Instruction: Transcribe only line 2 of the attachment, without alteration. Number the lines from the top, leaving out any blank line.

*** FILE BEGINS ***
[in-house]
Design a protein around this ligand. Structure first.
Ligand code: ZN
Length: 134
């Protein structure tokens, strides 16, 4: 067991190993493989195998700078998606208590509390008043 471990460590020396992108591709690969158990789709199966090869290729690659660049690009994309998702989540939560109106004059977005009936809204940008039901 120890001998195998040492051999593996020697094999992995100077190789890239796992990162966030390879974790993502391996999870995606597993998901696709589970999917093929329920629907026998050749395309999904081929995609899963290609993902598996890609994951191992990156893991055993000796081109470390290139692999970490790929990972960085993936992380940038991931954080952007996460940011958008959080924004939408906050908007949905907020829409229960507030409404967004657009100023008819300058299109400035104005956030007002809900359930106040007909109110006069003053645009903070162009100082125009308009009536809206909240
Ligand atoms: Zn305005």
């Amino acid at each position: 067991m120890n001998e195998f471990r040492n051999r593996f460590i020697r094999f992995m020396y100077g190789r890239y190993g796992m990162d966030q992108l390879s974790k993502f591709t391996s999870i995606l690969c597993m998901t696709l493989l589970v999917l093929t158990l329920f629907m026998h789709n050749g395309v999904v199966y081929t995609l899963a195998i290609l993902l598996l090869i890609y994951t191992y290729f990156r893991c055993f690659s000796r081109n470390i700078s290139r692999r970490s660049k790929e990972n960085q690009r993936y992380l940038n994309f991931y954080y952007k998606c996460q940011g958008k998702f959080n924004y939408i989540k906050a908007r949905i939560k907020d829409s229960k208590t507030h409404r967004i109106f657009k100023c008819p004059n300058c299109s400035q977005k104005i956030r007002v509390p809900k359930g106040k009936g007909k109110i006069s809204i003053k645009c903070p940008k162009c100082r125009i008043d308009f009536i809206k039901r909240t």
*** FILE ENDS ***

Design a protein around this ligand. Structure first.